Monday, January 16, 2017

Soldier Boys: A Review and a Giveaway

Congratulations to Caroline McAlister  for winning TANGLED LINES on last week's blog.


Two soldiers, two boys. One American, one German. Prolific author Dean Hughes brings their lives, hopes, and dreams together in Soldier Boys (Simon and Schuster, 2001. Audio CD, 2016)

Spencer Morgan has just turned 15 in 1941. He longs to show that he is a man. He believes he'll accomplish that by joining the war effort and becoming a paratrooper--the toughest soldiers who receive the most respect. He daydreams about returning from action and impressing his crush, Lu Ann, with how brave and mature he has become. Although his father sees through his motivation, he reluctantly allows his son to drop out of high school and join. 

Spencer's superficial motivation is apparent. He wants to be a paratrooper in order to wear pants that blouse up, feel taller, do something hard, and be part of the best fighting group. He's also driven by his fear that the war would be over before he has a chance to accomplish his goals. 

On the other side of the Atlantic, Dieter Hedrick, has a similar ambition to be seen as a man. His story begins in 1939 while training with the Nazi Youth. He is ashamed of his parents who don't support Hitler; perhaps his father was a coward in the Great War. Dieter is small, delicate, and timid and like Spencer, is afraid he'll never have a chance to be a solider. Many of his decisions within the Hitler Youth are based on wanting to be known for his bravery and to be different than his father.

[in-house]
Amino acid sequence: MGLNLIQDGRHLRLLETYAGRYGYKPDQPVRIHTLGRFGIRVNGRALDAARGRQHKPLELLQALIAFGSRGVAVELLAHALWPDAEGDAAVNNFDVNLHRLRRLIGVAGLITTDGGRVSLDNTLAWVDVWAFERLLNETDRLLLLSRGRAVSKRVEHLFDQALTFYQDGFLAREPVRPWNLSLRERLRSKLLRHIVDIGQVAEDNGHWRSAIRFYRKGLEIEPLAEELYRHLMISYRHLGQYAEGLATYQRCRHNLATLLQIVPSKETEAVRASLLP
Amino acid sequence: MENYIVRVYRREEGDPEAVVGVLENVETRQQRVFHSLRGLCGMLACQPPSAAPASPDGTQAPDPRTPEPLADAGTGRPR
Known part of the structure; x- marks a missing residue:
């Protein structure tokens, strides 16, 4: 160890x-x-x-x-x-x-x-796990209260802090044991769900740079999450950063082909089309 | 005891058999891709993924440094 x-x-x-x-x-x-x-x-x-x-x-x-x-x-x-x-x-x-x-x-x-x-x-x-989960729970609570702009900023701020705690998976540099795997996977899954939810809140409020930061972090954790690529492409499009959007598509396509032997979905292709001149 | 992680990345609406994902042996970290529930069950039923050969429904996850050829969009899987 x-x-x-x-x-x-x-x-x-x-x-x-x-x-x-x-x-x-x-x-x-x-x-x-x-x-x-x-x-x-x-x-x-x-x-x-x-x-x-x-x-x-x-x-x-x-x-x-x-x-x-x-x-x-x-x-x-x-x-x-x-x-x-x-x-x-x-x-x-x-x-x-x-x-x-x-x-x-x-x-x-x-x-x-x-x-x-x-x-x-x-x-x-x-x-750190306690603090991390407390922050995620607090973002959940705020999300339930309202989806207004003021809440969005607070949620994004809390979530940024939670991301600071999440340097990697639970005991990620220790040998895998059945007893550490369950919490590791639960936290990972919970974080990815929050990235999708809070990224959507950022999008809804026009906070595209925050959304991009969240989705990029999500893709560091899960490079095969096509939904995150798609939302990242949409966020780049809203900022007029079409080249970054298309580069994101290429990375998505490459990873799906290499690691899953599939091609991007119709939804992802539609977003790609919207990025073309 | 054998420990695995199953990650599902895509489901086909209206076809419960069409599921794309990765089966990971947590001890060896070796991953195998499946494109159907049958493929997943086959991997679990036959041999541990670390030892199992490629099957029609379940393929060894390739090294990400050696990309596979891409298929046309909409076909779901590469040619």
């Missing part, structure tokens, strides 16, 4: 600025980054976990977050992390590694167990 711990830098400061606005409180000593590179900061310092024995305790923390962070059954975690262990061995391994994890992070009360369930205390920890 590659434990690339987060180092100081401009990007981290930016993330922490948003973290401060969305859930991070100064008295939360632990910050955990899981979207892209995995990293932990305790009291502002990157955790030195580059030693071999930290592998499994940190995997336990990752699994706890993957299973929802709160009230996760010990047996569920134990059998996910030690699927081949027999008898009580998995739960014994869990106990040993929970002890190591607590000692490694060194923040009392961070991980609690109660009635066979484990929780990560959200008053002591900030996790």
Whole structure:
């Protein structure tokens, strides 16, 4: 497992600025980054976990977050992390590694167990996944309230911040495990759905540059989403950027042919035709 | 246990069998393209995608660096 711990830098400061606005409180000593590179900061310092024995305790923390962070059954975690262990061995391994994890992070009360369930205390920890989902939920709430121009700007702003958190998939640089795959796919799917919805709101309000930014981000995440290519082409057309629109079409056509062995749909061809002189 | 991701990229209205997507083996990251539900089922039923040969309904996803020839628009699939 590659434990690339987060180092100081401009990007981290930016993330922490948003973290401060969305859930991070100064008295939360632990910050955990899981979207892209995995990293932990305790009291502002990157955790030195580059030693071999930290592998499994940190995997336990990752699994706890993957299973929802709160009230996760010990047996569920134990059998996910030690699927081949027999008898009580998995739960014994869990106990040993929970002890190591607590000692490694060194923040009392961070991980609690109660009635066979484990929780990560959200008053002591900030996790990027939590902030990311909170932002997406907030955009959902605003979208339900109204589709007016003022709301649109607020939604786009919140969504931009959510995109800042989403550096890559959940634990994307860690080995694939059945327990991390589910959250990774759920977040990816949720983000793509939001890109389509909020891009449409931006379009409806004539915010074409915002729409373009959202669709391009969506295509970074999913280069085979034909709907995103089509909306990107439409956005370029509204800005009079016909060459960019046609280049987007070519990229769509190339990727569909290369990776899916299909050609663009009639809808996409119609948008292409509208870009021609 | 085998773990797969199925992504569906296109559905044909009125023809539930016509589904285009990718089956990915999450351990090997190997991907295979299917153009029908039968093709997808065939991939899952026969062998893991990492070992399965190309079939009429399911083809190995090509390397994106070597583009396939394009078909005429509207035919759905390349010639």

The story flips back and forth between the boys as they prepare for combat. Not unexpectedly, Spencer finds that his training is much more difficult than imagined. Dieter digs anti-tank trenches with the Hitler youth to do his part in killing the "stinking Americans." He witnesses a friend deserting and being shot, but his devotion to his Fuhrer outweighs any sadness over his friend's death.